If anyone is ashamed of me and my words in this adulterous and sinful generation, the Son of Man will be ashamed of them when he comes in his Father’s glory with the holy angels (Mark 8:38)

These academic changes will produce a dramatic transformation in college culture. The outstanding faculty will demand the freedoms and privileges enjoyed by their colleagues at “peer” and “aspirational” universities: virtually unlimited academic freedom, near unconditional tenure, and complete control over the curriculum. Having been recruited and tenured for their research prowess, they do not devote their primary loyalty to the Christian mission of the college but to their disciplines and their peers in the academy. Hence they find themselves embarrassed by remnants of the old Christian college culture that still remain, which, when measured by the ethos of the national academic culture, appear quaint and unenlightened.

The Kingdoms of the World

Again, the devil took him to a very high mountain and showed him all the kingdoms of the world and their splendor.  “All this I will give you,” he said, “if you will bow down and worship me.”

Jesus said to him, “Away from me, Satan! For it is written: ‘Worship the Lord your God, and serve him only’” (Matt 4:8-10).

The college’s new national profile will expose it to scrutiny by the dominant academic culture. Gradually, social pressure from without and from within will force it step by step to conform to the national culture. What began as a protest and an alternative to secular academia becomes celebration and assimilation to that culture. Politics replaces faith, social activism displaces evangelism, and self-expression crowds out moral conscientiousness. The college has gained the world but lost its soul. A poor bargain indeed!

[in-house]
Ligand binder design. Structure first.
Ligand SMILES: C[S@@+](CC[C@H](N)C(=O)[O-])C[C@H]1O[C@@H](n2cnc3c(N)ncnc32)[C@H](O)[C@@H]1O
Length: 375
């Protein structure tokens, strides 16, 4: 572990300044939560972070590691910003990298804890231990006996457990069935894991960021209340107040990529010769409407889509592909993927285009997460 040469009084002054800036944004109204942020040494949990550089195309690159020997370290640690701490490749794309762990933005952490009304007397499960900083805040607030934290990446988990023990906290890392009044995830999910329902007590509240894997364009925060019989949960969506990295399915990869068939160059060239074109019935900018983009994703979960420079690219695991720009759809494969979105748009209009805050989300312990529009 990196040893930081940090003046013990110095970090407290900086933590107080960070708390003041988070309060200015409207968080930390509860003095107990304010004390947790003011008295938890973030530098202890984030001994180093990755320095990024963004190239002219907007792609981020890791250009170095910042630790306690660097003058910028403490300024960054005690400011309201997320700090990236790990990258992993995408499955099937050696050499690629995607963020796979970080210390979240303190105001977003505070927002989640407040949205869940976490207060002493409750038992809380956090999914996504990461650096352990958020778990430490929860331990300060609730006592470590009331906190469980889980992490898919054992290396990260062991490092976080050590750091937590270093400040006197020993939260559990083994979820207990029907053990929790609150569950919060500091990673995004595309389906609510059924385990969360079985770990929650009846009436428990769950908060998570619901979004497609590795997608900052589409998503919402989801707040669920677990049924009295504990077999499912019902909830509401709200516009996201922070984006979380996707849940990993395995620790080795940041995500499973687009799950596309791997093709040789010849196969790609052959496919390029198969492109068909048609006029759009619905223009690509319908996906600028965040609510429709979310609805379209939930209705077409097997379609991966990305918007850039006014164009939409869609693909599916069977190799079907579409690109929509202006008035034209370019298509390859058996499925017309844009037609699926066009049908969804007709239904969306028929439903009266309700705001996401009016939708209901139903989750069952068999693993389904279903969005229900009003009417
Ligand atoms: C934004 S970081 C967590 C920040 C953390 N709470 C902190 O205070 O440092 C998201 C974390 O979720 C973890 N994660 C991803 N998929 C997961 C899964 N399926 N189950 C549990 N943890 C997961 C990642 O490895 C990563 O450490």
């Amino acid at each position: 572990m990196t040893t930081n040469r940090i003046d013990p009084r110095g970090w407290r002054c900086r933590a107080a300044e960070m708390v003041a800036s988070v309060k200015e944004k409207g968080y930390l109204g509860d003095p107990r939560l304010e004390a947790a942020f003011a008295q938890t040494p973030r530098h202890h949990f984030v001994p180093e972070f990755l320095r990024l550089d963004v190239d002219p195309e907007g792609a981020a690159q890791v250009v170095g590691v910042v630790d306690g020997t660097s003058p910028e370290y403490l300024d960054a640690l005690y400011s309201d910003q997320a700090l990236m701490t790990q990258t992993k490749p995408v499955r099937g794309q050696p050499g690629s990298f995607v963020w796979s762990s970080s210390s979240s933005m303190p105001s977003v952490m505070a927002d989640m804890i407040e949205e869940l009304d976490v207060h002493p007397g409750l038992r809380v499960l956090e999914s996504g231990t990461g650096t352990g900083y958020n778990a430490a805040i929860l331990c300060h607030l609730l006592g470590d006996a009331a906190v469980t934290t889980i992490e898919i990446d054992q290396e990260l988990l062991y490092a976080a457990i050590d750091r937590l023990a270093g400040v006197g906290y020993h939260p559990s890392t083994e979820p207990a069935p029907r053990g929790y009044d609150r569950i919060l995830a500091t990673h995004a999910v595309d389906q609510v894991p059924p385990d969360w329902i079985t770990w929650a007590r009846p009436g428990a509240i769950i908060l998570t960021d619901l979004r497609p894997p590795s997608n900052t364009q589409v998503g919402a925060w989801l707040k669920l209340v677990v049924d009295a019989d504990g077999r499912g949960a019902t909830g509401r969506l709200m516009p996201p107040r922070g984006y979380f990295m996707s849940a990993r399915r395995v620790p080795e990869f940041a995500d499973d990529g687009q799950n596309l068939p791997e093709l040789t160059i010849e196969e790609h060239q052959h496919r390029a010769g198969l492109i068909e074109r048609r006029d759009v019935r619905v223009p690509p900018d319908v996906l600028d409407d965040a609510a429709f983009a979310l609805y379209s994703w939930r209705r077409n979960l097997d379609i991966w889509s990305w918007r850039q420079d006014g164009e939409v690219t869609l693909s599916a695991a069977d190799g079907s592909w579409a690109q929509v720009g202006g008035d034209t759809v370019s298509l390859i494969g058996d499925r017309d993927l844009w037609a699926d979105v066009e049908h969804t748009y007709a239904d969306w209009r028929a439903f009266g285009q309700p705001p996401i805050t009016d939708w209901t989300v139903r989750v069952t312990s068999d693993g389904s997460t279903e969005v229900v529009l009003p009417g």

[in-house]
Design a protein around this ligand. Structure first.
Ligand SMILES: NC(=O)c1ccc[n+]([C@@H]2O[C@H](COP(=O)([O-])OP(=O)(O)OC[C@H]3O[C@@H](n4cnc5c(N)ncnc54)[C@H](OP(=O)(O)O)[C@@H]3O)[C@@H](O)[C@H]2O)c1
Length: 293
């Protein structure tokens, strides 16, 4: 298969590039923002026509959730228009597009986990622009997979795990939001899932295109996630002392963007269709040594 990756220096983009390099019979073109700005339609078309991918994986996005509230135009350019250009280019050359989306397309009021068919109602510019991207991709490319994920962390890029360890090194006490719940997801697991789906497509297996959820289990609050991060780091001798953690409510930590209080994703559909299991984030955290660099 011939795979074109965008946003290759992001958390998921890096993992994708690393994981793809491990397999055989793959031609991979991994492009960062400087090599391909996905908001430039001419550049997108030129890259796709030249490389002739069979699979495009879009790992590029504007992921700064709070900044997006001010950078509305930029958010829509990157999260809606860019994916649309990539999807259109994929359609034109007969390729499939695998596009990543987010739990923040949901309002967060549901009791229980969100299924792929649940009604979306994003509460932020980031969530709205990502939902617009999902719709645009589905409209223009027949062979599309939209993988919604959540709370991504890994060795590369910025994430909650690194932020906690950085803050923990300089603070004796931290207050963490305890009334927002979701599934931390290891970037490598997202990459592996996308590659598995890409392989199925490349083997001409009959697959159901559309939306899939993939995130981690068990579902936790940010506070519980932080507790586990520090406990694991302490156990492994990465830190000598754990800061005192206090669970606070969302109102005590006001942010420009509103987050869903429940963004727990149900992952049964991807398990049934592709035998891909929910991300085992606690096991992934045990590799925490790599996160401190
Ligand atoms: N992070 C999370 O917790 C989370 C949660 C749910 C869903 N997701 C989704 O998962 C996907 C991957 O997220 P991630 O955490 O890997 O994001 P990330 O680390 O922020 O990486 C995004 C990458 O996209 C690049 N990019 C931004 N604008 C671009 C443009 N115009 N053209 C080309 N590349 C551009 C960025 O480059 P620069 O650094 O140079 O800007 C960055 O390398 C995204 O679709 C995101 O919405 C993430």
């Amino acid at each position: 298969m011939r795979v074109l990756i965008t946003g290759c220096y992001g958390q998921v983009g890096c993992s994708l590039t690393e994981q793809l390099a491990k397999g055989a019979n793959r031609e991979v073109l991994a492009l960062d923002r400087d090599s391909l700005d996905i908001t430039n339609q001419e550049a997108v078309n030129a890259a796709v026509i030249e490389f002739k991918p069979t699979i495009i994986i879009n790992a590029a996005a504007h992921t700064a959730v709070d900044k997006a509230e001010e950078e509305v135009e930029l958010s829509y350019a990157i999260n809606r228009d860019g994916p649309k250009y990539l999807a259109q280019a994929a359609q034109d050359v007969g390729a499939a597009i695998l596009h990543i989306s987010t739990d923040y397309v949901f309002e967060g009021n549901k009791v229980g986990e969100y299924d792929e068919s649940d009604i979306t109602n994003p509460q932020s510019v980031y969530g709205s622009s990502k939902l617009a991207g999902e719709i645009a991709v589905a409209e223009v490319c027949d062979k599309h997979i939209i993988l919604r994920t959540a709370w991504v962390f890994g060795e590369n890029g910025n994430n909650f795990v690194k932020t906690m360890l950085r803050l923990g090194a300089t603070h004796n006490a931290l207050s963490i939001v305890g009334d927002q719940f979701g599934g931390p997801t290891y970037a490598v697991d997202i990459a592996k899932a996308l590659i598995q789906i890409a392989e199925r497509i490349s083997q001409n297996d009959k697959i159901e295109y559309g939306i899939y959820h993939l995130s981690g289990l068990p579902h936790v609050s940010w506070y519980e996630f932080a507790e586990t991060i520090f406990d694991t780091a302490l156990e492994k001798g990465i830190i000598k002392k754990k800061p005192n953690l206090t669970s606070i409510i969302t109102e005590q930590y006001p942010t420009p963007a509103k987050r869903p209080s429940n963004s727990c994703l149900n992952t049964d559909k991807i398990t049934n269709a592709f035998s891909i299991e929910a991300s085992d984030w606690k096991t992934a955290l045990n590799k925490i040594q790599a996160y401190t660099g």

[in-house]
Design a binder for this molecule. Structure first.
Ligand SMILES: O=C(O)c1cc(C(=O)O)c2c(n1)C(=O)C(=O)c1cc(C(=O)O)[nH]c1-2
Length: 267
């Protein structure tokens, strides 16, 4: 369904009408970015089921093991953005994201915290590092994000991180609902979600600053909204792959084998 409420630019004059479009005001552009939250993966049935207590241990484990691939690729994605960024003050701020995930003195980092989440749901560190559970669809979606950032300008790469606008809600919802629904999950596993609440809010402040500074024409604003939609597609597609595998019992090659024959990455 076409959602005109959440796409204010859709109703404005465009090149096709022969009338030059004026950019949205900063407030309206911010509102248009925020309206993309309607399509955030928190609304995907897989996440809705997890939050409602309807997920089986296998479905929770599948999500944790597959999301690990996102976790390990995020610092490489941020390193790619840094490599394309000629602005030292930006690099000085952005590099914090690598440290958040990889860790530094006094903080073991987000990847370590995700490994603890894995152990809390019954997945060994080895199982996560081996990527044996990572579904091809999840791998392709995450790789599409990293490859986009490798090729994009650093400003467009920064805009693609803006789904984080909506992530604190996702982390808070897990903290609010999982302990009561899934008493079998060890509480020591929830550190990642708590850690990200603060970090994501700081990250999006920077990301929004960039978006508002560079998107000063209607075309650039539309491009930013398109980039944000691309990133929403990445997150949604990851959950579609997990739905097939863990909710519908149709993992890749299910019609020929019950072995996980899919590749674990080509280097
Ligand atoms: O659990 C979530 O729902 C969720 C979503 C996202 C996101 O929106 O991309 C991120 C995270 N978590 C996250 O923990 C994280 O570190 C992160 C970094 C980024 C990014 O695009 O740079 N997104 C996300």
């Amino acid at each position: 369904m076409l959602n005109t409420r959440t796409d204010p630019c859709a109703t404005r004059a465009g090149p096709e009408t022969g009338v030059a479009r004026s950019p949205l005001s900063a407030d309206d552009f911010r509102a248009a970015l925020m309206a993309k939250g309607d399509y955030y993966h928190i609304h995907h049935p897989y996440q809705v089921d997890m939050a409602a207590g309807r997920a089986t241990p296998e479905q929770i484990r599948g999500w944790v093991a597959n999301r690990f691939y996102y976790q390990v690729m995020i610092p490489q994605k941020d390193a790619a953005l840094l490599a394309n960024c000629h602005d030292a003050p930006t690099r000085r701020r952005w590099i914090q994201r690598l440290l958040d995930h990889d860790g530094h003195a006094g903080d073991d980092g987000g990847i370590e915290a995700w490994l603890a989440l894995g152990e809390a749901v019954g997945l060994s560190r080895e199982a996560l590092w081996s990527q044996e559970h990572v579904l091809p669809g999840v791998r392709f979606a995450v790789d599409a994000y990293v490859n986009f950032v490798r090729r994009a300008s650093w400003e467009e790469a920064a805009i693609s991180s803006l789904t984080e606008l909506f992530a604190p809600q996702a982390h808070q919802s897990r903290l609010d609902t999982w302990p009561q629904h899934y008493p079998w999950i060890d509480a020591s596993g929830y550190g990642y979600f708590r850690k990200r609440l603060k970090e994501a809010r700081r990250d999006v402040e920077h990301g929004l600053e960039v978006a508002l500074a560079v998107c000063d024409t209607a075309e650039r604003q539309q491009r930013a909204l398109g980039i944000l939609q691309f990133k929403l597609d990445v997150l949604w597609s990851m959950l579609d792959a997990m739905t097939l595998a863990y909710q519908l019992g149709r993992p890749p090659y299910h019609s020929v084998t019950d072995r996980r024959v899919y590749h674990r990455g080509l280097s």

Series Ends. Although there is more to say, this post concludes the four-part series on “open letters” to higher education. I will probably feel the need to revisit the topic, since I have spent all my adult life studying or teaching in colleges and universities.

3 thoughts on “Where Christian Colleges Go to Die

  1. nokareon

    Another great and thought-provoking post, Dr. Highfield! These warnings are certainly prophetic today – not only to Christian academia, but churches and Christian organizations as well. I want to see if I can offer one incisive prod to nuance a claim you made at the end of the post:

    “What began as a protest and an alternative to secular academia becomes celebration and assimilation to that culture. Politics replaces faith, social activism displaces evangelism, and self-expression crowds out moral conscientiousness.”

    Would you consider acknowledging that the arrow of politicization runs in both directions – not just towards cultural assimilation and affirmation, but also towards vocal rejection and opposition? In the entirety of the post up to this point, the warnings (survival, ambition, embarrassment) can apply as easily to polarization of Christian higher education to one end or the other of the culture war. Yet in landing the plane, you tip your hand, so to speak – it is primarily politicization towards the political/cultural left that you have in mind. However, we also see other institutions in Christian academia erring towards the politicized right, which is equally problematic.

    I’m sure you’re aware of the hullaballoo concerning Pepperdine’s School of Public Policy Dean right now. This isn’t the channel to wade into the particulars of that case, but it goes a good way to press my point here – the city-on-a-hill vision of a Christian academia that poses a winsome alternative to the mudslinging politics of worldly culture can be just as easily compromised in a rightist direction as a leftist. How can Christian education stand as a beckoning alternative to the machinations of the political machine if it itself enters into the mud-ring as a contestant?

    Liked by 1 person

  2. ifaqtheology Post author

    Got to prepare for class…but I agree that the knife cuts both directions. I have been in environments where the temptations were to the right, to sectarian dogmatism, and where academic freedom is an alien concept…but now i live where there is no middle ground. More later.

    Liked by 1 person

  3. Dr Jonne Smalhouse

    Good evening Ron.